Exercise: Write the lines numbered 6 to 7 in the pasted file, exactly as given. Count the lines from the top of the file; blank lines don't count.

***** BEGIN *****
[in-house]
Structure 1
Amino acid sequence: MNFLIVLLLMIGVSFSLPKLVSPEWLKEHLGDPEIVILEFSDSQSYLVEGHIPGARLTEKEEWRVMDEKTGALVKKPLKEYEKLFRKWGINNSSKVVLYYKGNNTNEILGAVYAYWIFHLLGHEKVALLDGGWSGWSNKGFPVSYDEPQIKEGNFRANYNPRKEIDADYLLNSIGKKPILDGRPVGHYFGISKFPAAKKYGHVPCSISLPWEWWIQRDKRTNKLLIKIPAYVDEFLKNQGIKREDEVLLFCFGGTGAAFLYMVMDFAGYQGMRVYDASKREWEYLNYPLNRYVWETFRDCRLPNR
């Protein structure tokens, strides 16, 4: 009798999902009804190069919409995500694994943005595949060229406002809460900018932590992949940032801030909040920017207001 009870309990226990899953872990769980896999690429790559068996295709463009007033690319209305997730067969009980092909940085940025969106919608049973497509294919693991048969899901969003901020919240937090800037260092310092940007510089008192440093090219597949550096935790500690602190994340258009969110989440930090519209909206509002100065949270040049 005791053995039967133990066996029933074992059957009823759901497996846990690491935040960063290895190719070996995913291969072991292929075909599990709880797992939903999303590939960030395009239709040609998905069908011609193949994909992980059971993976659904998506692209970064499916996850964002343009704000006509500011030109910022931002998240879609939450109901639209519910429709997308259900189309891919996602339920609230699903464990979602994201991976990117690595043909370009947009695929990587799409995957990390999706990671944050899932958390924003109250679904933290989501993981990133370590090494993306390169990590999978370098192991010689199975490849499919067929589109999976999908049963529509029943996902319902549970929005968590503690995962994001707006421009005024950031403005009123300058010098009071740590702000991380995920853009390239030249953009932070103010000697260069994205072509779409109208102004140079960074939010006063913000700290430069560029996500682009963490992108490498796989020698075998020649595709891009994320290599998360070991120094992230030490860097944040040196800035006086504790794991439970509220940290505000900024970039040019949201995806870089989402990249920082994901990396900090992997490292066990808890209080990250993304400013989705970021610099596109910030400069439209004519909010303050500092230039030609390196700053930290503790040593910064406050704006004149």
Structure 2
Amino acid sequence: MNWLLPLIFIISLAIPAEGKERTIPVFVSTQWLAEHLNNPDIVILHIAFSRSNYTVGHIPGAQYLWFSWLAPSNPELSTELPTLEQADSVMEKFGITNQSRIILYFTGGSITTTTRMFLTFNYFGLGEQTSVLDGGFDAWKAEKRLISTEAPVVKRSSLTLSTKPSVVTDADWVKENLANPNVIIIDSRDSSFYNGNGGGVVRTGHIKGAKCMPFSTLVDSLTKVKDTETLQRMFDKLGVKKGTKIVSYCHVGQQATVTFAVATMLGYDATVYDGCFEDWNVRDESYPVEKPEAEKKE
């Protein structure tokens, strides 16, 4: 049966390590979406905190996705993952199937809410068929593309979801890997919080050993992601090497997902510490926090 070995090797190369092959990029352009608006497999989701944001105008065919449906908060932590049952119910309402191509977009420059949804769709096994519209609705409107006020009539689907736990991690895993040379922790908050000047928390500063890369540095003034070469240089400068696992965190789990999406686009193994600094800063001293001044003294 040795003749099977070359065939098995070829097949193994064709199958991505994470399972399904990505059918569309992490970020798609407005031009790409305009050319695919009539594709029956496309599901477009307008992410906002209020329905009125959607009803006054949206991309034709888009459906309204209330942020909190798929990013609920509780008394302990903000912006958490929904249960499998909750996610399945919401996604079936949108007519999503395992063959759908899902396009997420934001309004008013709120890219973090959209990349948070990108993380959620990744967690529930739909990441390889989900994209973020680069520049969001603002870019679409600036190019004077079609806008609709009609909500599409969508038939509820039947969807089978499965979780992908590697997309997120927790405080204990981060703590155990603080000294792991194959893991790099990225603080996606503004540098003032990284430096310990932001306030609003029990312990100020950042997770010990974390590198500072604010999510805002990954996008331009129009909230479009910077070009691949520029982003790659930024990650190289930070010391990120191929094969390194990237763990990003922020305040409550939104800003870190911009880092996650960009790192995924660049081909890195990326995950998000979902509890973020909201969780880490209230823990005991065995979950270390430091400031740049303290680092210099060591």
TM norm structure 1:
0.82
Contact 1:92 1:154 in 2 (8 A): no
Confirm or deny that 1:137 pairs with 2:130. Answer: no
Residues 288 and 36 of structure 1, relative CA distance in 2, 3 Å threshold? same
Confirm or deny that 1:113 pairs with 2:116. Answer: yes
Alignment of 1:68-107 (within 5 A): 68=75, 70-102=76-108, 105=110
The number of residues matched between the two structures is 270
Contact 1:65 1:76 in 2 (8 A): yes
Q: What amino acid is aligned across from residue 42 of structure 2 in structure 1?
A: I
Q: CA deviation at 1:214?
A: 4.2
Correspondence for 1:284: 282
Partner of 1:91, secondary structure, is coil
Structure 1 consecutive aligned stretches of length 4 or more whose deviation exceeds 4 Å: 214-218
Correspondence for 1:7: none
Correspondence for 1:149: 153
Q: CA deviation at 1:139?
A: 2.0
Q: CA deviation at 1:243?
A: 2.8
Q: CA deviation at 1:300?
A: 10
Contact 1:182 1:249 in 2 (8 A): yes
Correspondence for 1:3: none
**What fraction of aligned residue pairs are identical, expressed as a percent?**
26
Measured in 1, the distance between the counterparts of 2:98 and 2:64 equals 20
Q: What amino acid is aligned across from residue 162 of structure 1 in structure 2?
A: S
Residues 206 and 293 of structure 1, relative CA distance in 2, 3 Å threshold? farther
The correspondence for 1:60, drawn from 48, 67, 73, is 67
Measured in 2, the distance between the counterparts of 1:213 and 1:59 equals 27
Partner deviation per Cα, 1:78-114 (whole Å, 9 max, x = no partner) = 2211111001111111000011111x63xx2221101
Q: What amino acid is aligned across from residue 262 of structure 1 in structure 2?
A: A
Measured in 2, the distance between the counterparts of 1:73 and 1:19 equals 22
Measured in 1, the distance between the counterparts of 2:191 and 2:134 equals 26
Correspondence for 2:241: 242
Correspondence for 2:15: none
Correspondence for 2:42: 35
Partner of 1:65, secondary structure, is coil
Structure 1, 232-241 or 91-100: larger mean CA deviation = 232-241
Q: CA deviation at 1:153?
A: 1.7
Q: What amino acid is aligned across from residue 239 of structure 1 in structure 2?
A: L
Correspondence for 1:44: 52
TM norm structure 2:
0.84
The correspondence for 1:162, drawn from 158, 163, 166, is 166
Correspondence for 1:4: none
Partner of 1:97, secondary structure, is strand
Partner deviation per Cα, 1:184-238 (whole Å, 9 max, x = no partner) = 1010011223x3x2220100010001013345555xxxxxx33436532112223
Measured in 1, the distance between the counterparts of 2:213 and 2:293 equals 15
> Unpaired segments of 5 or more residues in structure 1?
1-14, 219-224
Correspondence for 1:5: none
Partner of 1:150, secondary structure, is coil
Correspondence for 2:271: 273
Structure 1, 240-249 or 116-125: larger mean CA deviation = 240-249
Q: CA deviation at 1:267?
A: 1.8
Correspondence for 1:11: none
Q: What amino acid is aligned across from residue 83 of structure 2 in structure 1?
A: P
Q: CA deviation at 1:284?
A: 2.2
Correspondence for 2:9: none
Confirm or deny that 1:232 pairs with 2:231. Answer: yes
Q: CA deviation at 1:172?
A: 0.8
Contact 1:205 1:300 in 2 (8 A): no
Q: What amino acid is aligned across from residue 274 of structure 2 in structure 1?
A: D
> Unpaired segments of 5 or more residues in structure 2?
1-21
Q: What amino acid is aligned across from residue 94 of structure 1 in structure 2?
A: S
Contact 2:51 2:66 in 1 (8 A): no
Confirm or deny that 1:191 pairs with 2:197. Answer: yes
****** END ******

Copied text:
Amino acid sequence: MNWLLPLIFIISLAIPAEGKERTIPVFVSTQWLAEHLNNPDIVILHIAFSRSNYTVGHIPGAQYLWFSWLAPSNPELSTELPTLEQADSVMEKFGITNQSRIILYFTGGSITTTTRMFLTFNYFGLGEQTSVLDGGFDAWKAEKRLISTEAPVVKRSSLTLSTKPSVVTDADWVKENLANPNVIIIDSRDSSFYNGNGGGVVRTGHIKGAKCMPFSTLVDSLTKVKDTETLQRMFDKLGVKKGTKIVSYCHVGQQATVTFAVATMLGYDATVYDGCFEDWNVRDESYPVEKPEAEKKE
């Protein structure tokens, strides 16, 4: 049966390590979406905190996705993952199937809410068929593309979801890997919080050993992601090497997902510490926090 070995090797190369092959990029352009608006497999989701944001105008065919449906908060932590049952119910309402191509977009420059949804769709096994519209609705409107006020009539689907736990991690895993040379922790908050000047928390500063890369540095003034070469240089400068696992965190789990999406686009193994600094800063001293001044003294 040795003749099977070359065939098995070829097949193994064709199958991505994470399972399904990505059918569309992490970020798609407005031009790409305009050319695919009539594709029956496309599901477009307008992410906002209020329905009125959607009803006054949206991309034709888009459906309204209330942020909190798929990013609920509780008394302990903000912006958490929904249960499998909750996610399945919401996604079936949108007519999503395992063959759908899902396009997420934001309004008013709120890219973090959209990349948070990108993380959620990744967690529930739909990441390889989900994209973020680069520049969001603002870019679409600036190019004077079609806008609709009609909500599409969508038939509820039947969807089978499965979780992908590697997309997120927790405080204990981060703590155990603080000294792991194959893991790099990225603080996606503004540098003032990284430096310990932001306030609003029990312990100020950042997770010990974390590198500072604010999510805002990954996008331009129009909230479009910077070009691949520029982003790659930024990650190289930070010391990120191929094969390194990237763990990003922020305040409550939104800003870190911009880092996650960009790192995924660049081909890195990326995950998000979902509890973020909201969780880490209230823990005991065995979950270390430091400031740049303290680092210099060591």